Writing 101, Day Sixteen: Serial Killer III

Assignment: Today, imagine you work in a place where you manage lost or forgotten items. What might you find in the pile? For those participating in our serial challenge, reflect on the theme of “lost and found,” too.


The items stored in the Lost or Forgotten Property Department come from diverse locations across the country: airports; concert halls; movie theatres; bus stations; public restrooms; hotels. You name a place and we probably have an item from there.


Although I have been here for one year, I am considered a newbie. The reason? I remain enthralled by what I see almost daily.  I try to appear unaffected but I know I am failing because I still catch one of my colleagues with an amused grin on her lips or in his eyes, or exchanging glances with another. In that moment I realize that again, while in the process of filing a missing or forgotten item, I became motionless, completely absorbed by the description accompanying an unclaimed item or one listed in the catalog of found or claimed items.  Part  A of the description catalogs basic facts about the item: type (e.g., book, watch, ring, photograph, camera); size; make; color; estimated or stated monetary value. It is Part B of the description, however, that inadvertently grabs my attention. This component chronicles the process through which the item was lost, the impact of no longer having the item, and for the found or claimed items, what was recovered along with the item. To me, it is Part B that highlights the true value of the item, regardless of its purchase price.


A note which I read on my third day remains imprinted on my memory. The item was an unadorned, gold ring lost by Elizabeth Strong. This is what she wrote: “The ring was my Nana’s. She always wore it on the middle finger of her right hand. She came to live with us after grandpa died and would often touch it, with an expression on her face that suggested she was somewhere else. During my childhood, I asked her many times what she was thinking but her only response was to smile and kiss the top of my head. My Nana died the year of my fifteenth birthday and, the day after the funeral, my mother give the ring to me in an envelope, with a note from my Nana. “I love you, Elizabeth,” she had written. “May the ring remind you of me as it reminded me of my youngest brother, Samuel, the uncle you never knew. May it help you to be brave as it helped me.” Elizabeth had continued the description with the explanation that she took the ring off to apply cream to her hands and placed it in the book that was open on her lap. “I was sitting at gate 2 in Terminal B and it must have fallen out of the book when I stood up to gather my other belongings in preparation for boarding. Please. I must find it.” I swear I could hear her tears and desperation.  Another note from Elizabeth, dated two weeks later, was attached to the original description. It was shorter but just as powerful. “Thank you with all my heart. Receiving the package with Nana’s ring restored my belief that miracles can happen.”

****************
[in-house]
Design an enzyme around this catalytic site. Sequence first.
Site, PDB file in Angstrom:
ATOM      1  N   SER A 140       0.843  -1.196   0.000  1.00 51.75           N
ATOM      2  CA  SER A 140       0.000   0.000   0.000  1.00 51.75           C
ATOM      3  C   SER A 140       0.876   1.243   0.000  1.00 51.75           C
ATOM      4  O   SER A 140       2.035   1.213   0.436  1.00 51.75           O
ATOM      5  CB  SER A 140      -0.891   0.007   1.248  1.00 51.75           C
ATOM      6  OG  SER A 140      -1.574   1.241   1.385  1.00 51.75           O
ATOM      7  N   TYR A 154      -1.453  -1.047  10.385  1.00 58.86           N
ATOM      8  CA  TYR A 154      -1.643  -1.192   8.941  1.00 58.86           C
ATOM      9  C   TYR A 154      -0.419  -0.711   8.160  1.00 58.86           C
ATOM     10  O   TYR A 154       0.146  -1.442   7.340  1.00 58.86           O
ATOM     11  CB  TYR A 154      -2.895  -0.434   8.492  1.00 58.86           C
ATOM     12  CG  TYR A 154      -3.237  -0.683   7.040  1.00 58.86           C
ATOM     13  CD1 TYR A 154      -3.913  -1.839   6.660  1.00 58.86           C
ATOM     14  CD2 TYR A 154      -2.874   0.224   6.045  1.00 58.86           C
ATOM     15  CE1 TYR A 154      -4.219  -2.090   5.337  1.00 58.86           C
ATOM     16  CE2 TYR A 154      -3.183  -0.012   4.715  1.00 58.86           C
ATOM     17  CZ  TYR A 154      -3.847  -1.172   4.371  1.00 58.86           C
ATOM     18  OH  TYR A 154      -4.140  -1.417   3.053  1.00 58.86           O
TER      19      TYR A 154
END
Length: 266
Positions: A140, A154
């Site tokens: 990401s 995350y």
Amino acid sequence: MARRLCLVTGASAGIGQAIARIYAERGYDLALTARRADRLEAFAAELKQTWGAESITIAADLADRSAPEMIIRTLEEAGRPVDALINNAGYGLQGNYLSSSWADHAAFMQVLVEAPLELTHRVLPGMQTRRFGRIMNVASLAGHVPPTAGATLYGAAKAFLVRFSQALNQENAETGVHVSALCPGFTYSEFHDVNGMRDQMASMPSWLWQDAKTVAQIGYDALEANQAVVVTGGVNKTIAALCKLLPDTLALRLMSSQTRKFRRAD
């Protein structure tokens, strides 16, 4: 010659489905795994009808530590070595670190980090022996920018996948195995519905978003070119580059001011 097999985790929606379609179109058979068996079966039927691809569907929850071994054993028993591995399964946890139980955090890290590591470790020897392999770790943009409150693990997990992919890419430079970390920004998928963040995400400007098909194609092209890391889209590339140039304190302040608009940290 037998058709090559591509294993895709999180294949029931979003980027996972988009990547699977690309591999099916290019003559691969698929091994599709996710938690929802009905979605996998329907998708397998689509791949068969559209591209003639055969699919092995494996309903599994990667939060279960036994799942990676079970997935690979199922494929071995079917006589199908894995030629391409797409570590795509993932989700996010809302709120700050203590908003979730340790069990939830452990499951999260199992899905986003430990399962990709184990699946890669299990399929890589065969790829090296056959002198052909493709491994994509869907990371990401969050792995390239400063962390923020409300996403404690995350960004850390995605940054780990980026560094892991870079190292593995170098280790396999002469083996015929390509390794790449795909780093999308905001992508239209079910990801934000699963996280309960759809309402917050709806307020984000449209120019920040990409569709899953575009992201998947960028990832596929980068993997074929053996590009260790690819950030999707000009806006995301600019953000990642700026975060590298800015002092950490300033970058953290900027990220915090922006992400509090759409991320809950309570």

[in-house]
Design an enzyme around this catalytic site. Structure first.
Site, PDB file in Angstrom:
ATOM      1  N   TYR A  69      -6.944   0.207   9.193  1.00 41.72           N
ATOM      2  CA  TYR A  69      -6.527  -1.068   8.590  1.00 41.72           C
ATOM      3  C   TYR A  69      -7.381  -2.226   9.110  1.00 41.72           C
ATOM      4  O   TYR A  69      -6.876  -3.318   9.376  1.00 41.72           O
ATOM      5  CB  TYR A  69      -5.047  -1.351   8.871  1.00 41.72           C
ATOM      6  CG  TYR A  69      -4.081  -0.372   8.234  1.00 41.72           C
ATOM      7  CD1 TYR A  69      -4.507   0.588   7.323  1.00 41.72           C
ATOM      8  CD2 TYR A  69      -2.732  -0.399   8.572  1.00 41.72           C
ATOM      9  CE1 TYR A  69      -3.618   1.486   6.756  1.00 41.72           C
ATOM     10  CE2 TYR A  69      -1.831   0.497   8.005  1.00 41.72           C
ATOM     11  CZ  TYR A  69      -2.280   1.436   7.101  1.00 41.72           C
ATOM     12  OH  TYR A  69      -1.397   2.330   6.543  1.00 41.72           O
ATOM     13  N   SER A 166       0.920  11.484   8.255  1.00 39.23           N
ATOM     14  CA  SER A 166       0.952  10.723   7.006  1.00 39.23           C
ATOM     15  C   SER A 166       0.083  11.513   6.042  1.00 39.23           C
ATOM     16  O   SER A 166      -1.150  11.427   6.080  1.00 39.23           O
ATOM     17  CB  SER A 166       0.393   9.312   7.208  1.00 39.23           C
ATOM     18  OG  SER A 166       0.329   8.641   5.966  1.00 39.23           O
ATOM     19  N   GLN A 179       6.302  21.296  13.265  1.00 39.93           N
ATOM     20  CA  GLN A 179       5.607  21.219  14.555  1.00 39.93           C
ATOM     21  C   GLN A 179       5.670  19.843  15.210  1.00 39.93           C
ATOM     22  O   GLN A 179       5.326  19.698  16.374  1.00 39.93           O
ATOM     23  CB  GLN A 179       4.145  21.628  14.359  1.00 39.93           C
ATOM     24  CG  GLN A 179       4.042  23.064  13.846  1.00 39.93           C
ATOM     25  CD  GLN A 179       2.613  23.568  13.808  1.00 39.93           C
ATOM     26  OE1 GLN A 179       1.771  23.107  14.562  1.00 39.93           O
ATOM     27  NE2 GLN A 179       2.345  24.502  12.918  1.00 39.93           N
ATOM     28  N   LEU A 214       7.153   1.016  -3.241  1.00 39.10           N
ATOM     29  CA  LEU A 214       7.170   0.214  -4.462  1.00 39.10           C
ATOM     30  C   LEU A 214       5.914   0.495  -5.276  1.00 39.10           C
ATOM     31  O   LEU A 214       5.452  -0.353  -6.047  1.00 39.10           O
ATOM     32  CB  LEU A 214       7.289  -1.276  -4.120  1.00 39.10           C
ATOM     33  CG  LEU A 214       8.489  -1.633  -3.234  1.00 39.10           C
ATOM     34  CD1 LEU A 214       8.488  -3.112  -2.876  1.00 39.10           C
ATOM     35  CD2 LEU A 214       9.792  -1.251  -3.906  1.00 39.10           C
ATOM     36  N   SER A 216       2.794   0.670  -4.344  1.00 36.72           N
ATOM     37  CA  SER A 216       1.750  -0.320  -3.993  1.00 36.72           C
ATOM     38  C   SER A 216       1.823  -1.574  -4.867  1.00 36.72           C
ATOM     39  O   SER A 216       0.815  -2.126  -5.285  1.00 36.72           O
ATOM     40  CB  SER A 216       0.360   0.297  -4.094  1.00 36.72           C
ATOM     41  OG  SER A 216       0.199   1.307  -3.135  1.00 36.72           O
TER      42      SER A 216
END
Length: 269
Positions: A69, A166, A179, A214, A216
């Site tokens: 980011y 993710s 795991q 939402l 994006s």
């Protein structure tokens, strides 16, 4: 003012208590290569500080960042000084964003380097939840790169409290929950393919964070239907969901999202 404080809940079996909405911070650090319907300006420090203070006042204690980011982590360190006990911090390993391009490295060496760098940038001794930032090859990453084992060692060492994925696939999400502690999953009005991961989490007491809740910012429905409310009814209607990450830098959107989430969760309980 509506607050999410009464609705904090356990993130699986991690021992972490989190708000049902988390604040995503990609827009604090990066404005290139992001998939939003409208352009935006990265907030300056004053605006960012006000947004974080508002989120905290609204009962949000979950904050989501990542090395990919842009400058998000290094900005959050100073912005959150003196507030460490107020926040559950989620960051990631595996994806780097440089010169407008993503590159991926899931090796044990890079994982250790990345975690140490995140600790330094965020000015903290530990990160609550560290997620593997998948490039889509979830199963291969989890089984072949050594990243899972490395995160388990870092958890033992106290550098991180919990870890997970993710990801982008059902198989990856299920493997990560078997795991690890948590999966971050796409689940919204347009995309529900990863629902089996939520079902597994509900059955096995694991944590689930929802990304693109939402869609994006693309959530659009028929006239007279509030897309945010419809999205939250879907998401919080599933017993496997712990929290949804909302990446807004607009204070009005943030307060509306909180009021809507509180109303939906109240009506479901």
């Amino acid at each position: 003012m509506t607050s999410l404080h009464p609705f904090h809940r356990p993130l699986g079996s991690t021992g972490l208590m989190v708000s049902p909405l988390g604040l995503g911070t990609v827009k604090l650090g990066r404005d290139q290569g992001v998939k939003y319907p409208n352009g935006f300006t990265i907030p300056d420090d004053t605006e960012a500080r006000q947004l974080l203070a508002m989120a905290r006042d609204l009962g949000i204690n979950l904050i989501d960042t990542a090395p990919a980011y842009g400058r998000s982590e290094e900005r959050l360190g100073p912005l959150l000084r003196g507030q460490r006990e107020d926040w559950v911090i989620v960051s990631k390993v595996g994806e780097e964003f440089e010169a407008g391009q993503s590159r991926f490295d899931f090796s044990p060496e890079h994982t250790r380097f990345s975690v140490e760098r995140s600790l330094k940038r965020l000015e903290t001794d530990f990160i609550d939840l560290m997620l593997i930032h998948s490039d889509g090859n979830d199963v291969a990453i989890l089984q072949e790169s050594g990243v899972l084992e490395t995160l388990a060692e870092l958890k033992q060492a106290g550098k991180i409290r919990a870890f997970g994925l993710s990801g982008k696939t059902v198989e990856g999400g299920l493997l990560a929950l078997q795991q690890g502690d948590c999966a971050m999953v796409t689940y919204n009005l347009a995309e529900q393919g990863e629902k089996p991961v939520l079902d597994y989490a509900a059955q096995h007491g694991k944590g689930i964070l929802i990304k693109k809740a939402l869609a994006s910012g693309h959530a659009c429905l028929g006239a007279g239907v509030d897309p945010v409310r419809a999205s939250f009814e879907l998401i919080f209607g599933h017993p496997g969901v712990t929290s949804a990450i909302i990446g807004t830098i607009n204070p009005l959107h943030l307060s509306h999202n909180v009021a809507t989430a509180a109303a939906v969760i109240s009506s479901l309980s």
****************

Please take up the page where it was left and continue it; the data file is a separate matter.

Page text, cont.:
I smile when I think of Elizabeth but I wonder too about the people who forgot items and never missed them. I wonder too about intangibles like lost hope, forgotten dreams and promises, and how much harder those can be to recover. Harder but not impossible.


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